Seniors! Got a bad case of senioritis? Is dragging yourself to high school like a punishment right now? You’ve (hopefully) read the fine print somewhere in your offer stating your offer of admission is “contingent upon continued academic success.” Any good lawyer would tell you there’s some room for interpretation there. What exactly defines “academic success?” Do you just have to graduate? Maintain your GPA?
The reality is that colleges will rarely define EXACTLY what you have to do (or not do) to keep that offer. There’s wiggle room for a reason. The cynical, experienced side of me acknowledges that — right or wrong — sometimes how close the institution landed to its target number for enrollment might drive how strict or lenient they are when reviewing final grades over the summer. That’s true. But also what drives the final decision on how final grades might be handled is the reality that behind every report card is a real student with a real life and real experiences that don’t always fit neatly into a black and white policy. Here’s what would happen at one institution where I worked…
What Senioritis Can Do: Option One
Every entering freshman had to submit a final report card to the Admissions Office before they were “cleared” to enroll. When the office received the final report card, it would be routed to the processing team. These employees would scan each report card with a highlighter in hand. Most students offered admission to this institution had a mix of A’s and B’s with an occasional C in a tough class.
On final report cards, anything that came in with “multiple C’s or any number of D’s or F’s” in the final grading period was highlighted and flagged for review by a member of the Admissions Committee. Each institution likely has some kind of system they use – maybe more selective institutions flag anything with a C. Some less selective institutions flag it if the marking period GPA is below a 2.0.
Once the report card was flagged for review, there were three things that could happen. The first was to do nothing. If the student had earned multiple C’s before the offer was made and was still earning C’s during the last grading period, there was no argument for a downward trend. Or maybe the student was flagged because they had one D in AP Calc BC while they had had a B in it at mid-term but they had actually written an essay about how challenging the class was but they were going to persist for the exposure.
Sometimes there might be very evident reasons to turn a blind eye to multiple C’s or a single poor grade. In this case the student would never even know they had been “flagged” for review.
What Senioritis Can Do: Option Two
The second option was to send the student a letter saying, “Hey, your downward trend didn’t go unnoticed. We’re letting it slide and you get to keep your offer but here’s a list of resources for academic assistance you might want to check out when you arrive on campus.” A downward trend at the end of senior year doesn’t bode well for freshman year success. Ultimately, the university really does want you to be successful once there.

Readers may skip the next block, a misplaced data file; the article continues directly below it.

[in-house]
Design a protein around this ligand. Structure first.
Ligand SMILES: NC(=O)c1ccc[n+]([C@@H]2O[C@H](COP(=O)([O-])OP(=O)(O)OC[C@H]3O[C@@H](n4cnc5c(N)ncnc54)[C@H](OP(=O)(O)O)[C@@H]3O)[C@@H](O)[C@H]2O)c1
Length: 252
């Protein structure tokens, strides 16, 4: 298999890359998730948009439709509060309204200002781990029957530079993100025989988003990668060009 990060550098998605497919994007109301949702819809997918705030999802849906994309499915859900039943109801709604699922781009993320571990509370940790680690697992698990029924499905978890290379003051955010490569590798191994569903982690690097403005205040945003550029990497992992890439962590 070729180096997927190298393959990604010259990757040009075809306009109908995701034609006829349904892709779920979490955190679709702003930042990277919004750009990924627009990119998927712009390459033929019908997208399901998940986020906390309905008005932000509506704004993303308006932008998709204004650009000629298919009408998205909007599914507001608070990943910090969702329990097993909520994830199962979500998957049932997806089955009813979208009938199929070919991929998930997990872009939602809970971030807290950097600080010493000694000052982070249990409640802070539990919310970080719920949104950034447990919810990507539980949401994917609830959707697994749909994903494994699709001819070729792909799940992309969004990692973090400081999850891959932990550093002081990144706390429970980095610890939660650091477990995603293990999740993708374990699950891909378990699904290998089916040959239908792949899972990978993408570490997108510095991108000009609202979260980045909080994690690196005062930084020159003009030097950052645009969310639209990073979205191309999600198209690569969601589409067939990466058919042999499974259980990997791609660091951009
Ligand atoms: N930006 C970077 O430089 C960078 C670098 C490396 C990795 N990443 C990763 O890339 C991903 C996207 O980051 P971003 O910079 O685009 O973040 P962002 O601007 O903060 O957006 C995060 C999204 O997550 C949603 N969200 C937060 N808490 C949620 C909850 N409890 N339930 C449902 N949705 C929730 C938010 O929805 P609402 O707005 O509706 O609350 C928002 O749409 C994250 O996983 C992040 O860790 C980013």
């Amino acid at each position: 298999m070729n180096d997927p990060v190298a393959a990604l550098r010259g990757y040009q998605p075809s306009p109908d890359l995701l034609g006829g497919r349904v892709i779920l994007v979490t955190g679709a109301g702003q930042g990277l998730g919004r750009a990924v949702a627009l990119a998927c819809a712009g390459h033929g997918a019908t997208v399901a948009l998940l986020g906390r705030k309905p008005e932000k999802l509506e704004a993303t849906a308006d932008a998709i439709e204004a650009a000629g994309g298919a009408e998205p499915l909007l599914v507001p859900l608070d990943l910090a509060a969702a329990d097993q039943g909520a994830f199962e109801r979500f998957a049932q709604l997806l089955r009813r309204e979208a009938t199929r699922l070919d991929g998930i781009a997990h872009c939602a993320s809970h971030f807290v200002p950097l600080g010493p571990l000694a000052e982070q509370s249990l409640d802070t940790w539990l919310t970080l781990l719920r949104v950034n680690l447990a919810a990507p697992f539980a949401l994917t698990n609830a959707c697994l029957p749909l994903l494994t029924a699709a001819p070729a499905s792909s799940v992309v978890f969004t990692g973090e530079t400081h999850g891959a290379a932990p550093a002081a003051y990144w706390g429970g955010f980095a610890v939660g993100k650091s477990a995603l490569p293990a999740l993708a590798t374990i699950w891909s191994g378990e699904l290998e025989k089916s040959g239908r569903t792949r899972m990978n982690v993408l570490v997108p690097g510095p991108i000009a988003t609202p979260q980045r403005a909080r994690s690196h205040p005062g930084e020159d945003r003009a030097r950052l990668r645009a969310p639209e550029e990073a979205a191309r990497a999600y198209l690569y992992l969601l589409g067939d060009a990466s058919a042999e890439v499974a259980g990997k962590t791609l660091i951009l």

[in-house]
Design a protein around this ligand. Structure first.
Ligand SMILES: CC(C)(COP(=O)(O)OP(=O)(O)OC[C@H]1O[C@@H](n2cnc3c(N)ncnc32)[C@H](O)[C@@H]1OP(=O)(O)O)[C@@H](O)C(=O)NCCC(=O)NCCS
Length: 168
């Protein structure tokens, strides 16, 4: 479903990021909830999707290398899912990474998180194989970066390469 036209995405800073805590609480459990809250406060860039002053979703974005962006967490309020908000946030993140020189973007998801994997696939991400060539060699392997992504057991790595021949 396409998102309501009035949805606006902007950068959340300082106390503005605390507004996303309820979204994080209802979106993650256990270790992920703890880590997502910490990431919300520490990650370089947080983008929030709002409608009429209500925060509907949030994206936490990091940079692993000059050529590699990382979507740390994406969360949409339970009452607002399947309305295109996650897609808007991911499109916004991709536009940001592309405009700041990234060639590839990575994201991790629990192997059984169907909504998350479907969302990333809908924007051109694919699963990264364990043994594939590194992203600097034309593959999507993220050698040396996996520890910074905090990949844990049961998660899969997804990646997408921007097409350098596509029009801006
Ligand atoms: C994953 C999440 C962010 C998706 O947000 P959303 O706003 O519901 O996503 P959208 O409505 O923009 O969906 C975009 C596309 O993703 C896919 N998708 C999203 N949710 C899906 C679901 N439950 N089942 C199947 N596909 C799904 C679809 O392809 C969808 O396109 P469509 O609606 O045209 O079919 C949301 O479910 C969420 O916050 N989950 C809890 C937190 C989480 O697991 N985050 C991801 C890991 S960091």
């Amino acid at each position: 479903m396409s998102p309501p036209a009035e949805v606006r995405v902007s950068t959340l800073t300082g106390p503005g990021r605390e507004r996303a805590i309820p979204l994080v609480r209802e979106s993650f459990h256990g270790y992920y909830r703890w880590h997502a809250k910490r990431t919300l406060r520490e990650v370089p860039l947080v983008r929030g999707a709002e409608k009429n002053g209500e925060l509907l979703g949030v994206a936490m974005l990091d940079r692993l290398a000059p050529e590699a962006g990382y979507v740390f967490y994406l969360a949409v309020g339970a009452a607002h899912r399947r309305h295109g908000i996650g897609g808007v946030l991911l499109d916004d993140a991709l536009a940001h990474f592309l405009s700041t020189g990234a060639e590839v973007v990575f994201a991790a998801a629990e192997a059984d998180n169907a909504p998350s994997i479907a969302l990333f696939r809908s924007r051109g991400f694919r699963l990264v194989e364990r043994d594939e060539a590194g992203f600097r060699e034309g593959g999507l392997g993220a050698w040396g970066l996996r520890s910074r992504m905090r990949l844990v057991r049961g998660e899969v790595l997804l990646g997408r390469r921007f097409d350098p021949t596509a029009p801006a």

The third option would be to send a strongly worded certified letter giving the student 10 days to provide in writing an explanation of what the heck happened at the end of senior year.
What Senioritis Can Do: Option Three
In the unusual, but not rare, instance the third option would be invoked, once received that student letter would be routed for review first to the member of the Admissions Committee who requested the explanation and then next to the Director of Admissions for a second opinion and final review and action. While the letter was generally never sent unless the downward trend had been really bad, no offer was automatically pulled – no matter how bad the grades. The letter existed to give students an opportunity for explanation.
Sometimes there are very good explanations for a significant downward trend. I read heartbreaking stories of battling cancer, the death of a parent, the suicide of a best friend, etc. Not everyone who got the “bad letter” got their offer of admission pulled. But, I also heard a lot of lame excuses trying to blame the trend on something or someone else. So yes, it does happen. Universities don’t make empty threats about this. It had to be a significant downward trend and it had to lack a legitimate and compelling explanation.
RELATED: Beware Senioritis!
There are the occasions when students just stopped working at the end of senior year and there is no excuse for that. Those are heart wrenching calls to make. Don’t be the kid whose parents have to hear you’re no longer welcome to show up to Dreamschool University in August because of grades in the last quarter of high school. Your parents probably already bought Dreamschool University Mom/Dad sweatshirts at Orientation and already applied the bumper sticker on the car. They won’t be happy. You’ll be embarrassed and devastated and have to completely regroup with a Plan B in the middle of the summer. You’ll feel like everything you worked so hard to achieve has been ripped away. And for what? One month of fun at the end of senior year.
Finally, I’m not saying every school operates like the one where I worked. It’s safe to say, though, that final grades do matter. Just don’t get senioritis. You’ve made it this far, don’t blow it. Take the extra 30 seconds in the home stretch to wash your hands.